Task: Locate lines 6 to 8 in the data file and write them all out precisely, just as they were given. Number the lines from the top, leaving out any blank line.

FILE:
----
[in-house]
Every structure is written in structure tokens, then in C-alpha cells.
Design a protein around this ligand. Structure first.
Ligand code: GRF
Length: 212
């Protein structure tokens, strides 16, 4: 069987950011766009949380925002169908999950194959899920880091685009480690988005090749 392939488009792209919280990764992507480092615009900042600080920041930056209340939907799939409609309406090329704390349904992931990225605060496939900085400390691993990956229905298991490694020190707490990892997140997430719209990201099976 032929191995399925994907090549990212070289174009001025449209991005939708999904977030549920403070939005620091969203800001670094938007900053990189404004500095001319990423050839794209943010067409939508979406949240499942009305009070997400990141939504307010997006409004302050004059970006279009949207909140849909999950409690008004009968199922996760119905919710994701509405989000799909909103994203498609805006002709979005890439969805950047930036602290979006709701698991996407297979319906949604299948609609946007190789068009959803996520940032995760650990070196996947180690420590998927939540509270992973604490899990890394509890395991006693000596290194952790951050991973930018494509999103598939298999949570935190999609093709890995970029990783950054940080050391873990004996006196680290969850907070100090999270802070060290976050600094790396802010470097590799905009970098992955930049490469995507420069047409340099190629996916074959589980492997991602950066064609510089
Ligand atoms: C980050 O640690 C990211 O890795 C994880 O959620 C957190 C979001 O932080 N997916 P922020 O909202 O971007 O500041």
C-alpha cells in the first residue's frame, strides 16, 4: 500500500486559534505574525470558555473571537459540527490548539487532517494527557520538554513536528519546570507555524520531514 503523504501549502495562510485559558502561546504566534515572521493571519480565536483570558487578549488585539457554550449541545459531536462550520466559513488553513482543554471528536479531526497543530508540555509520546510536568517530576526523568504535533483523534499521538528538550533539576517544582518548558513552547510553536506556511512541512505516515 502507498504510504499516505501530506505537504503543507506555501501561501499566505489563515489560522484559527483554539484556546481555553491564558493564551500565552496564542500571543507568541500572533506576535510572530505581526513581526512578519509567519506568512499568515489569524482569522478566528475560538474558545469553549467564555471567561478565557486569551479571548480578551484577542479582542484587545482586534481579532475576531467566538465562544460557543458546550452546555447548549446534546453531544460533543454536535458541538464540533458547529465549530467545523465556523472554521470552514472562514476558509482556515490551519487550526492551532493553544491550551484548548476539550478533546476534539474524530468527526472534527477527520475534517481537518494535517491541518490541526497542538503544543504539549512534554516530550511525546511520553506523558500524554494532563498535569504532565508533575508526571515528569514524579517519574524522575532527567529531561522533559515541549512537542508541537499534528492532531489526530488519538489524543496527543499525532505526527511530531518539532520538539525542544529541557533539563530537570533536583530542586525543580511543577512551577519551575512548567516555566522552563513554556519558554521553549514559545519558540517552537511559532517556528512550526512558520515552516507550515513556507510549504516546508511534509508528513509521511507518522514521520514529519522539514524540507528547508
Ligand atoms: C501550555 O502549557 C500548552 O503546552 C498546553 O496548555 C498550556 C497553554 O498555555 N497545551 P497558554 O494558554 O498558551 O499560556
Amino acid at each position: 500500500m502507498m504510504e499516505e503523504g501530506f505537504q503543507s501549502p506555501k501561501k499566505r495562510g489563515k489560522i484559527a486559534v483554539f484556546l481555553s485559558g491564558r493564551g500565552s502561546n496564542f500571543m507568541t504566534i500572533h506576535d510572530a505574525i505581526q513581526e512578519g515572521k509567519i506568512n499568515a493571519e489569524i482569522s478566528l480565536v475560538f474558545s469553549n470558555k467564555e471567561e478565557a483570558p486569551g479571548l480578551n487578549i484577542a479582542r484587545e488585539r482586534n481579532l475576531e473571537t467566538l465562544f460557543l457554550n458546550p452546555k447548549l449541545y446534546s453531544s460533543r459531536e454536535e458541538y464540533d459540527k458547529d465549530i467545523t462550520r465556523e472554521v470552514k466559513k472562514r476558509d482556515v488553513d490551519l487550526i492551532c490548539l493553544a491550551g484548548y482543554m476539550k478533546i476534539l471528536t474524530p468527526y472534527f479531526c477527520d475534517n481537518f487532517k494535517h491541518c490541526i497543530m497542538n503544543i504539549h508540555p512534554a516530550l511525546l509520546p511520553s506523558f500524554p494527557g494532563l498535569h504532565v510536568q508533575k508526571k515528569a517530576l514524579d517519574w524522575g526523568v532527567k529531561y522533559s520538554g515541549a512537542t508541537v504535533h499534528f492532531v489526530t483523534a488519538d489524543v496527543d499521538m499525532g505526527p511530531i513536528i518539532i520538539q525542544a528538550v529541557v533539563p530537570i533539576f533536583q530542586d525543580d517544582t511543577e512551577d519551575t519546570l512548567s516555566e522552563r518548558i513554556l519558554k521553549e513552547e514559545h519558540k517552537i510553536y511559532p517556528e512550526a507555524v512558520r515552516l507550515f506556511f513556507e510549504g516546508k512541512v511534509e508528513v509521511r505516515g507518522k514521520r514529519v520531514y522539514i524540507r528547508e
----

């Protein structure tokens, strides 16, 4: 069987950011766009949380925002169908999950194959899920880091685009480690988005090749 392939488009792209919280990764992507480092615009900042600080920041930056209340939907799939409609309406090329704390349904992931990225605060496939900085400390691993990956229905298991490694020190707490990892997140997430719209990201099976 032929191995399925994907090549990212070289174009001025449209991005939708999904977030549920403070939005620091969203800001670094938007900053990189404004500095001319990423050839794209943010067409939508979406949240499942009305009070997400990141939504307010997006409004302050004059970006279009949207909140849909999950409690008004009968199922996760119905919710994701509405989000799909909103994203498609805006002709979005890439969805950047930036602290979006709701698991996407297979319906949604299948609609946007190789068009959803996520940032995760650990070196996947180690420590998927939540509270992973604490899990890394509890395991006693000596290194952790951050991973930018494509999103598939298999949570935190999609093709890995970029990783950054940080050391873990004996006196680290969850907070100090999270802070060290976050600094790396802010470097590799905009970098992955930049490469995507420069047409340099190629996916074959589980492997991602950066064609510089
Ligand atoms: C980050 O640690 C990211 O890795 C994880 O959620 C957190 C979001 O932080 N997916 P922020 O909202 O971007 O500041």
C-alpha cells in the first residue's frame, strides 16, 4: 500500500486559534505574525470558555473571537459540527490548539487532517494527557520538554513536528519546570507555524520531514 503523504501549502495562510485559558502561546504566534515572521493571519480565536483570558487578549488585539457554550449541545459531536462550520466559513488553513482543554471528536479531526497543530508540555509520546510536568517530576526523568504535533483523534499521538528538550533539576517544582518548558513552547510553536506556511512541512505516515 502507498504510504499516505501530506505537504503543507506555501501561501499566505489563515489560522484559527483554539484556546481555553491564558493564551500565552496564542500571543507568541500572533506576535510572530505581526513581526512578519509567519506568512499568515489569524482569522478566528475560538474558545469553549467564555471567561478565557486569551479571548480578551484577542479582542484587545482586534481579532475576531467566538465562544460557543458546550452546555447548549446534546453531544460533543454536535458541538464540533458547529465549530467545523465556523472554521470552514472562514476558509482556515490551519487550526492551532493553544491550551484548548476539550478533546476534539474524530468527526472534527477527520475534517481537518494535517491541518490541526497542538503544543504539549512534554516530550511525546511520553506523558500524554494532563498535569504532565508533575508526571515528569514524579517519574524522575532527567529531561522533559515541549512537542508541537499534528492532531489526530488519538489524543496527543499525532505526527511530531518539532520538539525542544529541557533539563530537570533536583530542586525543580511543577512551577519551575512548567516555566522552563513554556519558554521553549514559545519558540517552537511559532517556528512550526512558520515552516507550515513556507510549504516546508511534509508528513509521511507518522514521520514529519522539514524540507528547508